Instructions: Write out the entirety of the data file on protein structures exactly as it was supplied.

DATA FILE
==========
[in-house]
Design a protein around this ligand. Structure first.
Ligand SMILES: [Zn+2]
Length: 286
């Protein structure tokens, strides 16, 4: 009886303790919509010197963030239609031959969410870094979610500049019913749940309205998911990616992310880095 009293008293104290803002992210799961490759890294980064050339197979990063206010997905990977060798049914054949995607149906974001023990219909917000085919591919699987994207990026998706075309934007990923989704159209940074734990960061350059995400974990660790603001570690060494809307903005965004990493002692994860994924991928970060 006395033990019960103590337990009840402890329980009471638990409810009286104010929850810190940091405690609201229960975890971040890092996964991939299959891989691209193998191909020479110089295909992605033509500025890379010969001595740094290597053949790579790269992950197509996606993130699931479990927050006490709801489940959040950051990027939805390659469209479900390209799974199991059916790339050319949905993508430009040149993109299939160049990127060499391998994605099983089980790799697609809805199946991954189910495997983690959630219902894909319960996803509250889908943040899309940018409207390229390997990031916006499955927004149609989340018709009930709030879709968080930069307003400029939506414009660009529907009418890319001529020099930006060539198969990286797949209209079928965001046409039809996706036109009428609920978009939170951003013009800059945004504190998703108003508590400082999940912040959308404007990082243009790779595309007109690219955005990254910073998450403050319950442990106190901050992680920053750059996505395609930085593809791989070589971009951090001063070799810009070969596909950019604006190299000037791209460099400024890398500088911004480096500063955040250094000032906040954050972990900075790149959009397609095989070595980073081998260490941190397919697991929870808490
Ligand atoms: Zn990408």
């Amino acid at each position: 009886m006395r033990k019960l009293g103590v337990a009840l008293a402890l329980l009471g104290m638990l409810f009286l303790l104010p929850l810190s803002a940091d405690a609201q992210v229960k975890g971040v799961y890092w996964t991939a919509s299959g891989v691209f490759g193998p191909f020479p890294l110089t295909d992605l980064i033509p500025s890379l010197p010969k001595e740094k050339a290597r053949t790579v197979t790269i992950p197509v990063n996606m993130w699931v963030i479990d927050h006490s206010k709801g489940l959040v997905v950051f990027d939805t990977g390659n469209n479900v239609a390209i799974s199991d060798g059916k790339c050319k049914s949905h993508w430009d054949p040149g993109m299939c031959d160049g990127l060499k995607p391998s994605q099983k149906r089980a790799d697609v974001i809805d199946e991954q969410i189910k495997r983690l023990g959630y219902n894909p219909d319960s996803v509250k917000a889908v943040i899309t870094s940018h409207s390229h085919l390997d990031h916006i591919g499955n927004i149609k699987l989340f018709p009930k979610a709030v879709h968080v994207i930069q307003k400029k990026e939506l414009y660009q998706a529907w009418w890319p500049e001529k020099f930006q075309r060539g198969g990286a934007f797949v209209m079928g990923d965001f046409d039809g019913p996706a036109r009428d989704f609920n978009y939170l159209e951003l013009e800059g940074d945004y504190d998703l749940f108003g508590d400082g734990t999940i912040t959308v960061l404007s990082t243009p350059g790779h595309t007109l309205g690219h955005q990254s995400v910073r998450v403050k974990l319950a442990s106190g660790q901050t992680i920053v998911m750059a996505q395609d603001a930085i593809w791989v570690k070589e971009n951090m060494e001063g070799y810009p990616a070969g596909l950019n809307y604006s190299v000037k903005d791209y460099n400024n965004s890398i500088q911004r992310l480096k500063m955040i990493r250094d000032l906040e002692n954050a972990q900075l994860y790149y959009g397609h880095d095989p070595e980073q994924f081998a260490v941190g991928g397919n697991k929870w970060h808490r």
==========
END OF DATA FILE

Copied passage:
[in-house]
Design a protein around this ligand. Structure first.
Ligand SMILES: [Zn+2]
Length: 286
């Protein structure tokens, strides 16, 4: 009886303790919509010197963030239609031959969410870094979610500049019913749940309205998911990616992310880095 009293008293104290803002992210799961490759890294980064050339197979990063206010997905990977060798049914054949995607149906974001023990219909917000085919591919699987994207990026998706075309934007990923989704159209940074734990960061350059995400974990660790603001570690060494809307903005965004990493002692994860994924991928970060 006395033990019960103590337990009840402890329980009471638990409810009286104010929850810190940091405690609201229960975890971040890092996964991939299959891989691209193998191909020479110089295909992605033509500025890379010969001595740094290597053949790579790269992950197509996606993130699931479990927050006490709801489940959040950051990027939805390659469209479900390209799974199991059916790339050319949905993508430009040149993109299939160049990127060499391998994605099983089980790799697609809805199946991954189910495997983690959630219902894909319960996803509250889908943040899309940018409207390229390997990031916006499955927004149609989340018709009930709030879709968080930069307003400029939506414009660009529907009418890319001529020099930006060539198969990286797949209209079928965001046409039809996706036109009428609920978009939170951003013009800059945004504190998703108003508590400082999940912040959308404007990082243009790779595309007109690219955005990254910073998450403050319950442990106190901050992680920053750059996505395609930085593809791989070589971009951090001063070799810009070969596909950019604006190299000037791209460099400024890398500088911004480096500063955040250094000032906040954050972990900075790149959009397609095989070595980073081998260490941190397919697991929870808490
Ligand atoms: Zn990408």
């Amino acid at each position: 009886m006395r033990k019960l009293g103590v337990a009840l008293a402890l329980l009471g104290m638990l409810f009286l303790l104010p929850l810190s803002a940091d405690a609201q992210v229960k975890g971040v799961y890092w996964t991939a919509s299959g891989v691209f490759g193998p191909f020479p890294l110089t295909d992605l980064i033509p500025s890379l010197p010969k001595e740094k050339a290597r053949t790579v197979t790269i992950p197509v990063n996606m993130w699931v963030i479990d927050h006490s206010k709801g489940l959040v997905v950051f990027d939805t990977g390659n469209n479900v239609a390209i799974s199991d060798g059916k790339c050319k049914s949905h993508w430009d054949p040149g993109m299939c031959d160049g990127l060499k995607p391998s994605q099983k149906r089980a790799d697609v974001i809805d199946e991954q969410i189910k495997r983690l023990g959630y219902n894909p219909d319960s996803v509250k917000a889908v943040i899309t870094s940018h409207s390229h085919l390997d990031h916006i591919g499955n927004i149609k699987l989340f018709p009930k979610a709030v879709h968080v994207i930069q307003k400029k990026e939506l414009y660009q998706a529907w009418w890319p500049e001529k020099f930006q075309r060539g198969g990286a934007f797949v209209m079928g990923d965001f046409d039809g019913p996706a036109r009428d989704f609920n978009y939170l159209e951003l013009e800059g940074d945004y504190d998703l749940f108003g508590d400082g734990t999940i912040t959308v960061l404007s990082t243009p350059g790779h595309t007109l309205g690219h955005q990254s995400v910073r998450v403050k974990l319950a442990s106190g660790q901050t992680i920053v998911m750059a996505q395609d603001a930085i593809w791989v570690k070589e971009n951090m060494e001063g070799y810009p990616a070969g596909l950019n809307y604006s190299v000037k903005d791209y460099n400024n965004s890398i500088q911004r992310l480096k500063m955040i990493r250094d000032l906040e002692n954050a972990q900075l994860y790149y959009g397609h880095d095989p070595e980073q994924f081998a260490v941190g991928g397919n697991k929870w970060h808490r």